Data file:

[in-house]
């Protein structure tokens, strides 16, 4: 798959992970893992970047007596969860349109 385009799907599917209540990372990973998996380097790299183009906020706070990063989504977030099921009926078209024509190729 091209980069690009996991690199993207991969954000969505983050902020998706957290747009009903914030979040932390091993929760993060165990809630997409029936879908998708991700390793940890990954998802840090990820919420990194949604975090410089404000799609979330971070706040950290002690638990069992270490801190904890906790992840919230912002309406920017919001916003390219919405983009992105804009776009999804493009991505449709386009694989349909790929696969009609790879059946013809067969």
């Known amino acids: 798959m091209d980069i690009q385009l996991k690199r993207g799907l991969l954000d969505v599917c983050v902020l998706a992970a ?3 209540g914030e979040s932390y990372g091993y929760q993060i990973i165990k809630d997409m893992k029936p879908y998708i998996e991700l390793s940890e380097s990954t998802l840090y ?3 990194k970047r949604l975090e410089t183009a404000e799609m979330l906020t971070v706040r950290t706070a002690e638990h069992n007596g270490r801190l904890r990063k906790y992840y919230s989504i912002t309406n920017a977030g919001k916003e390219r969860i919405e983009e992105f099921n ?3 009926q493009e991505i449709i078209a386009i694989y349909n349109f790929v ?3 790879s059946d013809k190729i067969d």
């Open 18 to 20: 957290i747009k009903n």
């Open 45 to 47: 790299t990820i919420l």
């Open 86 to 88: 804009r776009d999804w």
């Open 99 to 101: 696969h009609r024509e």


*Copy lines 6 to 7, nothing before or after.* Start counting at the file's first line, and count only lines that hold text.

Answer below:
């Open 86 to 88: 804009r776009d999804w």
């Open 99 to 101: 696969h009609r024509e």